Courtesy of the NYT: Do-It-Yourself Healthcare with Smartphones
I remember back in 2007 when I started hearing the term “electronic health records” (EHR) in office conversation. My familiarity with the technology at that time was minimal–I knew that George Washington University was integrating them into their healthcare system, but only because I had previously lived in Washington, D.C. at the start of that initiative. But then Google Health and Microsoft’s HealthVault–the names in personal health records (PHR)–came along, and they allowed people to securely store their medical information online to make it easier for medical professionals to access. Finally, in 2009 there was the founder of Athena Healthcare on cable news talking about getting funding from the new Obama Administration for development and launch of an electronic health records system that would be the first step in taking that technology mainstream in the medical profession.
Well, it’s 2011, we’ve moved over the EHR/PHR push, and we’re FINALLY talking about making mobile devices a part of actual healthcare. And I don’t mean the chatter about, “Oh! Look at my cool pharmacy app so I don’t give my patients the wrong meds!” I’m talking about the kind of apps–and peripherals–that will allow the individual to monitor and truly take ownership of their own health. So now, instead of relying upon the doctor to tell them that their blood pressure is too high, someone can actually hook up nifty little devices such as THIS to see how they’re doing. The nice piece to all of this is that people can take their health stats from these devices and apps and add them to their PHRs.
Now, if it goes into a PHR I can already hear the argument from some people: “Someone might deliberately lie to make it look as if they’re healthier than they are.” OK, yeah, maybe. But do you really think those people would have PHRs in the first place? The bottom line is, by giving the average person such a tool there is the side effect of people trying to self-diagnose and basically driving the physician batty trying to deal with that. However, think of what it can do in terms of providing the physician with an overview of the trends in someone’s health. Ideally, it can make the diagnosing easier, or at least present another piece of the puzzle that the physician needed to gain clarity into what they see with a patient.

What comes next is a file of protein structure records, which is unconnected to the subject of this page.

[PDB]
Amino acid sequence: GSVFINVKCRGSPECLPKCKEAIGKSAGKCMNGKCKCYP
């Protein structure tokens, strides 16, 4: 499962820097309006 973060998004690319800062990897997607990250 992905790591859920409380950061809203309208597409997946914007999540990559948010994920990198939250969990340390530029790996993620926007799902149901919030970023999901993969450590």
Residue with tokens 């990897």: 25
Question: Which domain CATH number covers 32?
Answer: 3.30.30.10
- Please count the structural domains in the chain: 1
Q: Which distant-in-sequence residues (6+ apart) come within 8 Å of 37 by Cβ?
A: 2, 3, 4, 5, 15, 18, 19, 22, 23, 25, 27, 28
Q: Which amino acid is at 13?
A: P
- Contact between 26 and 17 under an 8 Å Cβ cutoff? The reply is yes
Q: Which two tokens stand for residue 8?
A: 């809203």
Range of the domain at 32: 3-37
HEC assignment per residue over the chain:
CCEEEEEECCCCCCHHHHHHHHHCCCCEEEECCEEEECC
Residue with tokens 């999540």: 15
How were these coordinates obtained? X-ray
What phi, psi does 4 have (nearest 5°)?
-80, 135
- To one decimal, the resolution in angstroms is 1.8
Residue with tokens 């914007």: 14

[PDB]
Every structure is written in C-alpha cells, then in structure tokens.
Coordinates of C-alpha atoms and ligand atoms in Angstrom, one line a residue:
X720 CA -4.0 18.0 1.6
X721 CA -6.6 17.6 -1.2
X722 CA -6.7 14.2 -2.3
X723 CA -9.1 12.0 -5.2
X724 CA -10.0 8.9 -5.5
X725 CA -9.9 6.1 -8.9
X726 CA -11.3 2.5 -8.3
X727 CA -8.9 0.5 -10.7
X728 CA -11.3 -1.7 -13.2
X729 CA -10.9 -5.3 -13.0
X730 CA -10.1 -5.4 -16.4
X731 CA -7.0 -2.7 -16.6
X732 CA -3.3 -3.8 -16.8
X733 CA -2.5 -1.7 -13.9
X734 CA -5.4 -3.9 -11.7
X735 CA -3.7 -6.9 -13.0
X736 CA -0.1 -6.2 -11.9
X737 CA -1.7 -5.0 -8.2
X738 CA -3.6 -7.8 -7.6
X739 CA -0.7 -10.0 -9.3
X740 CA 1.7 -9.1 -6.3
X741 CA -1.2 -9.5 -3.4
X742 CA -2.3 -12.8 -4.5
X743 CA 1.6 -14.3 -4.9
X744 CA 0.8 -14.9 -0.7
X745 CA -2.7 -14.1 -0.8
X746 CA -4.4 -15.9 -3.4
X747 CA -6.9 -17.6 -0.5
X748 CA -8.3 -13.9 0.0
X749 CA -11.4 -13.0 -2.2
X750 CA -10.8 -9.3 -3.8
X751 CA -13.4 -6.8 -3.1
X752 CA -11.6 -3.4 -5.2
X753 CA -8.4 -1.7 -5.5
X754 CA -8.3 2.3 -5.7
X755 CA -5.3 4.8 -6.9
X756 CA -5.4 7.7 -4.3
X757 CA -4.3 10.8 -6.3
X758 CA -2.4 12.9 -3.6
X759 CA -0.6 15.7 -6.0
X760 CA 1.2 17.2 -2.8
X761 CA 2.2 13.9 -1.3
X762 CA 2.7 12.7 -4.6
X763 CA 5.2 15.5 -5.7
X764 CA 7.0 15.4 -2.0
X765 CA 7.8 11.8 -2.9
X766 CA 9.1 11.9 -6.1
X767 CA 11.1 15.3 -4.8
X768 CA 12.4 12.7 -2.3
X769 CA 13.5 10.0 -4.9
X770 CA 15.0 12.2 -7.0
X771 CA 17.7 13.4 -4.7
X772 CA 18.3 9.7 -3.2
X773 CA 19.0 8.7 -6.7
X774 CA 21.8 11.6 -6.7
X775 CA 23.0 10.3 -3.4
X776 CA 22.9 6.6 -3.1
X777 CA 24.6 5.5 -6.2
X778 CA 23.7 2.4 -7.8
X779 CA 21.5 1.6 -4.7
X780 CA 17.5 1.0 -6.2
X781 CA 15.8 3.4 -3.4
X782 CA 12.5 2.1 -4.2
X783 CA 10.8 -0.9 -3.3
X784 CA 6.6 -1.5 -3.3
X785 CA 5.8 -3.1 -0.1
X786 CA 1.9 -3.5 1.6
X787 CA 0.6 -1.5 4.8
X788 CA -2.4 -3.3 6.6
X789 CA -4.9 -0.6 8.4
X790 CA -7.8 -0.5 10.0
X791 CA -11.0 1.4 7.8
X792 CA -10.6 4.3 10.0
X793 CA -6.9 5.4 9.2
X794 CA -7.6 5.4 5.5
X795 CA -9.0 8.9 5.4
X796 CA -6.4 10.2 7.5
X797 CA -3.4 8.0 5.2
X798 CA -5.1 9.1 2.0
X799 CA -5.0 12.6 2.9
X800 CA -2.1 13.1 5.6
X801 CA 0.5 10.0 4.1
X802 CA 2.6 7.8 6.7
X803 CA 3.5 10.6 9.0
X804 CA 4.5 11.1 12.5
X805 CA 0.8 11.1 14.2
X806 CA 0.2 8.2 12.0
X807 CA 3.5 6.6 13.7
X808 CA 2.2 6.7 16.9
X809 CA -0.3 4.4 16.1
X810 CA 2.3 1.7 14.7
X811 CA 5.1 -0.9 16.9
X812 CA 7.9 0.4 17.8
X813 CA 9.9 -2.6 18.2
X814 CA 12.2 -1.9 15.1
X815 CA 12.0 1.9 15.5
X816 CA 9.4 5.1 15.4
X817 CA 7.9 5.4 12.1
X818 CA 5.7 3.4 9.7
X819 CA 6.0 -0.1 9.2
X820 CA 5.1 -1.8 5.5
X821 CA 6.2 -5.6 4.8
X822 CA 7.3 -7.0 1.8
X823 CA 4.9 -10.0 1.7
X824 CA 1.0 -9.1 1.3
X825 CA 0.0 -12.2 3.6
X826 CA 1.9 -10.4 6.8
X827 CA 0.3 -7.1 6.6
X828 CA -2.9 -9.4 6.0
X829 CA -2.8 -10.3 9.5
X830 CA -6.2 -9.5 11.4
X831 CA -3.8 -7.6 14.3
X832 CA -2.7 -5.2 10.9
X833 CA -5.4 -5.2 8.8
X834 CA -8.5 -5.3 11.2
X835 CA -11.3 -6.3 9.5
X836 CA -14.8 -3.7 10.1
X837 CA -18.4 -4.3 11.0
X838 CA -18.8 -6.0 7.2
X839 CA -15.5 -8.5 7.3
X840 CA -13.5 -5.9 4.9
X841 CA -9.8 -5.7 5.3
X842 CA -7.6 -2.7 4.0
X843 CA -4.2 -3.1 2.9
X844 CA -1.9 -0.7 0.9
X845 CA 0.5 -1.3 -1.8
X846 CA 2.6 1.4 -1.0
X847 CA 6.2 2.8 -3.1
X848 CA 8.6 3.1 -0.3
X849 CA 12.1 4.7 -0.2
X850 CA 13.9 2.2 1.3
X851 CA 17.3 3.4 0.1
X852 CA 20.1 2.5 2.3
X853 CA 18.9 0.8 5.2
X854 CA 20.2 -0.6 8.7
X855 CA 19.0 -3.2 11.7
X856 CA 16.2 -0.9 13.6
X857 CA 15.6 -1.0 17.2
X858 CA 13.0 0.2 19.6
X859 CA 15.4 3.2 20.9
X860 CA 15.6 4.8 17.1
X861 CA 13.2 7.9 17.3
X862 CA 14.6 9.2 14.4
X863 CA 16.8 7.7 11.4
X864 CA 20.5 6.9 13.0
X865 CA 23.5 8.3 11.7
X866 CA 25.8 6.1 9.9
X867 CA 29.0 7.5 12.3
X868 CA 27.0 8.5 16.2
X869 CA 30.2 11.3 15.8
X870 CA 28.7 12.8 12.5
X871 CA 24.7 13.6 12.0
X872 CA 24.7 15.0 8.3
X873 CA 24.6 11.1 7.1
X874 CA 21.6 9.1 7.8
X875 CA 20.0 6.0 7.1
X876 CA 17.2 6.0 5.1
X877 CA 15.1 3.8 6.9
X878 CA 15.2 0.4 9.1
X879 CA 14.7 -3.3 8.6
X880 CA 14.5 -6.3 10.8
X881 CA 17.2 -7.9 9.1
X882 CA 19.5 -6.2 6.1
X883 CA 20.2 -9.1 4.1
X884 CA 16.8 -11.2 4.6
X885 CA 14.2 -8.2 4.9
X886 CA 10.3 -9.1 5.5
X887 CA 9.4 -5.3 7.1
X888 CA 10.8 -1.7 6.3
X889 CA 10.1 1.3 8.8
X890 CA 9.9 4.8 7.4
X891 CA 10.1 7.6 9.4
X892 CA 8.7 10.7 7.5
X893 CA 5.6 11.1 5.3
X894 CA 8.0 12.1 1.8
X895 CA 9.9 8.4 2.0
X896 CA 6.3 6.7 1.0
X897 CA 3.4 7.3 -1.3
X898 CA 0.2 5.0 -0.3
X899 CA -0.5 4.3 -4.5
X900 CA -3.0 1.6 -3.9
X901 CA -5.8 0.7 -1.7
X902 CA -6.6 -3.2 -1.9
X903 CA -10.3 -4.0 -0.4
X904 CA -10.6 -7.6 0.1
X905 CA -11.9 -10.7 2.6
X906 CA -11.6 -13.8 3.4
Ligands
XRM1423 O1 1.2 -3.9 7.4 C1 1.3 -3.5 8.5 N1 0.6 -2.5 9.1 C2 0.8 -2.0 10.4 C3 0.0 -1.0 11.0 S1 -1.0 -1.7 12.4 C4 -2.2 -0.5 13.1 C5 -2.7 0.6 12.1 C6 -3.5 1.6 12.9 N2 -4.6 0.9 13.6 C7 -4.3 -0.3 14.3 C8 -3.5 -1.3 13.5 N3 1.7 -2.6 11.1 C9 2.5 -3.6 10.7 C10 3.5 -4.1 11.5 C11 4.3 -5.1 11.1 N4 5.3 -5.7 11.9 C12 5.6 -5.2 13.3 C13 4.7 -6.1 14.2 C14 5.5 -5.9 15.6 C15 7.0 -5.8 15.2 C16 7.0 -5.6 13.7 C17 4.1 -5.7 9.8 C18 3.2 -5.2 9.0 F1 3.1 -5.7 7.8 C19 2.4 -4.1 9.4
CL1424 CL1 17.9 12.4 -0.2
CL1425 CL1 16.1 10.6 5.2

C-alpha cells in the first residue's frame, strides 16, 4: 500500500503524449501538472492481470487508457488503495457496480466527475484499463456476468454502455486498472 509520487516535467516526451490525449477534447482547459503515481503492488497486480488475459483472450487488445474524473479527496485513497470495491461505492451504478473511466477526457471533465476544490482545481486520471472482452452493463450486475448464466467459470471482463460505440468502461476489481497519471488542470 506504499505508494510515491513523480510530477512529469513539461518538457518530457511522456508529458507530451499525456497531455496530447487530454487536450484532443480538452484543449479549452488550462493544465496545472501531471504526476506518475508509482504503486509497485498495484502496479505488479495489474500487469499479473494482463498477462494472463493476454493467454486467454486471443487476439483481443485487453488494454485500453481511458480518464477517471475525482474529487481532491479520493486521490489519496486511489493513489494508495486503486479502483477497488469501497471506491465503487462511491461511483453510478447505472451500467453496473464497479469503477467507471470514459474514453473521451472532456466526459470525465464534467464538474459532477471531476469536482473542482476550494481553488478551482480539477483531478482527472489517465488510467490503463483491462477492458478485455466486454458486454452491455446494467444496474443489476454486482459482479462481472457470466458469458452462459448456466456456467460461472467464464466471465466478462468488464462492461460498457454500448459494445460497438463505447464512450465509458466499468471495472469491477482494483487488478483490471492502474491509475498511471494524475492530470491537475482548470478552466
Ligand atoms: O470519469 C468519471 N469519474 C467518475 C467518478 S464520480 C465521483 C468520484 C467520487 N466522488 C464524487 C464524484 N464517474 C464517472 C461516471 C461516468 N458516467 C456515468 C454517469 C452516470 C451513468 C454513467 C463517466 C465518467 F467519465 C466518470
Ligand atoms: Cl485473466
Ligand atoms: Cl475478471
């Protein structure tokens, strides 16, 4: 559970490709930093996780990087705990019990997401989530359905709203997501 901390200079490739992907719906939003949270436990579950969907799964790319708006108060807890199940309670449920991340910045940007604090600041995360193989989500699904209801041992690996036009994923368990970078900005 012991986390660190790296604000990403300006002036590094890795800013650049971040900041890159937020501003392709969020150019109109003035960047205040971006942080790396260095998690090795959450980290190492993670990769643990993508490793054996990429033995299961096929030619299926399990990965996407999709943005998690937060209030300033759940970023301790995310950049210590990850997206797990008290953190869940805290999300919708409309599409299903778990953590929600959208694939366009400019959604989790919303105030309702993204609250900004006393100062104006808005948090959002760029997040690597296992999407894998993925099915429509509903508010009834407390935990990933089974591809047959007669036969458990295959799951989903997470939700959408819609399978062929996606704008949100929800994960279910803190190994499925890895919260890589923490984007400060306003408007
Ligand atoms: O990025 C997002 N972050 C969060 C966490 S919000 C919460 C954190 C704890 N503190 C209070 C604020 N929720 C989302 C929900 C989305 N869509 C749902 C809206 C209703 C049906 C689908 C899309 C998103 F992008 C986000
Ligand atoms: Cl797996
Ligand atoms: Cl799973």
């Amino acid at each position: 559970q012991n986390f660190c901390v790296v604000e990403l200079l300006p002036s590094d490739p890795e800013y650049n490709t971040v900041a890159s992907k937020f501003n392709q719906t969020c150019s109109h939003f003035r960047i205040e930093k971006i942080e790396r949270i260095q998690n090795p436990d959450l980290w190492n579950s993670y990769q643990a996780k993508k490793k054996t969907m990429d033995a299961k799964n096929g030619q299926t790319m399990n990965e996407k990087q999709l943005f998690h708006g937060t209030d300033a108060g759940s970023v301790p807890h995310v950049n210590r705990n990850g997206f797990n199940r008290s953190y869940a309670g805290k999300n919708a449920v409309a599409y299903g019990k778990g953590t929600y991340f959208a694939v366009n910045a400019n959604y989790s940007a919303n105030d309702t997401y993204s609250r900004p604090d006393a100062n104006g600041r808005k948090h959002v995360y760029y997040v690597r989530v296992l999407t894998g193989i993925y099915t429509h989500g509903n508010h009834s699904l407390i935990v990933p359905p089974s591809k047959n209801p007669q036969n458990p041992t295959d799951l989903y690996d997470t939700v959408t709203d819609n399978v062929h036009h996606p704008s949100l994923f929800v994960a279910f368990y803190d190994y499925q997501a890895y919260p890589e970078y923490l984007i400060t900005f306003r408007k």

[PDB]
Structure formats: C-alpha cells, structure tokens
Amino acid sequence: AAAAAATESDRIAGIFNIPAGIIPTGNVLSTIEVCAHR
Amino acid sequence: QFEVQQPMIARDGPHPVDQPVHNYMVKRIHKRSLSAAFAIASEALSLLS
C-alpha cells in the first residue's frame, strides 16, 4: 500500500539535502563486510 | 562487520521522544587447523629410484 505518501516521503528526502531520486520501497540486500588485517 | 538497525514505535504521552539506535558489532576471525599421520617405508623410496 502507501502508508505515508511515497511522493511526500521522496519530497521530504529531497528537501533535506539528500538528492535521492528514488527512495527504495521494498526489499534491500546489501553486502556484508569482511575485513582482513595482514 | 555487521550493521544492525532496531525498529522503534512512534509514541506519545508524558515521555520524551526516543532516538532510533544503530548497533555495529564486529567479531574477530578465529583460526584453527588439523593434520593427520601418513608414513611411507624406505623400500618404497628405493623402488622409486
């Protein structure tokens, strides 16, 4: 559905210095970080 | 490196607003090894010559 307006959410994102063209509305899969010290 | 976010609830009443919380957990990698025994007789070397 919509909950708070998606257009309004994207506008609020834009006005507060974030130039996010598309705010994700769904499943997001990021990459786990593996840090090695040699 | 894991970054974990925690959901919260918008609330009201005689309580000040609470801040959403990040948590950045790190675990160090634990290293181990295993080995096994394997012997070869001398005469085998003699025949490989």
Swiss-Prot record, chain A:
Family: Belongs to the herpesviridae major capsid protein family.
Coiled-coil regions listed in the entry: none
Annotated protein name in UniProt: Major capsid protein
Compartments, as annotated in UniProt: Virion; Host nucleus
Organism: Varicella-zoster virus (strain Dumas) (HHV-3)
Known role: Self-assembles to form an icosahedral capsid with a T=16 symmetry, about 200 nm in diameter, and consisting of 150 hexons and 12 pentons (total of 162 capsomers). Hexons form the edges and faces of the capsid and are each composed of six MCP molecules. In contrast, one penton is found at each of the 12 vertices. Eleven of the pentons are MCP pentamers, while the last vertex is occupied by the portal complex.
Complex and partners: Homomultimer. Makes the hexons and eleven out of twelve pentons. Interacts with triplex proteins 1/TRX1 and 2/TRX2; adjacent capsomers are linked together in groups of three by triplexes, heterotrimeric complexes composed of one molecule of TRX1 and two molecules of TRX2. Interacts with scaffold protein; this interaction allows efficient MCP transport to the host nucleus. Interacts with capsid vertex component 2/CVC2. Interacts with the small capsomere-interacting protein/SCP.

That being said, depending upon the app or the peripheral, the actual value of the output to the physician will really depend upon the user’s level of sophistication. For instance, the NYT article I cite above mentions MyGlucoHealth and the benefits it can have for seniors:
“In February, Entra Health Systems announced a deal with the Swedish mobile phone company Doro to make its MyGlucoHealth service available on their senior-friendly cellphones. With a small device, blood glucose level readings can be sent by text message to a secure MyGlucoHealth portal, which provides instant advice to users on what to eat.”
That’s fine and dandy. Even more fine and dandy is the fact it’s going to appear on a senior-friendly cellphone. But, how senior-friendly is senior-friendly? At some point, the user will have to be adept enough with technology to actually interact with the device to successfully retrieve and act upon the text message. And since most human factors, ergonomics, and user experience people will tell you that no matter how easy an interface is to use there is always someone out there who will make mistakes using it or be unable to actually complete a task, I do worry about certain segments of the population being unable to use health apps and peripherals at all, or correctly, for that matter.
Anyway, the article ends on the note that integrating PHRs with EHRs will extend the benefits of integrated mobile health apps and peripherals’ information as it will allow for information from the PHR to automatically transfer into EHR files if people so choose. However, the data lacks a certain level of credibility–and utility–if it isn’t being entered by a medical professional (once again, harkening back to my earlier argument of the output is only as useful as the user is sophisticated enough to understand the device and its information).
In any event, I can see a nifty diary study of some of these healthcare apps. Of course, they’d have to be done in conjunction with medical professionals and medical institutions’ IRBs, but perhaps less sensitive data such as weight loss and dietary monitoring output could be done by those of us who don’t have access to IRBs and physicians?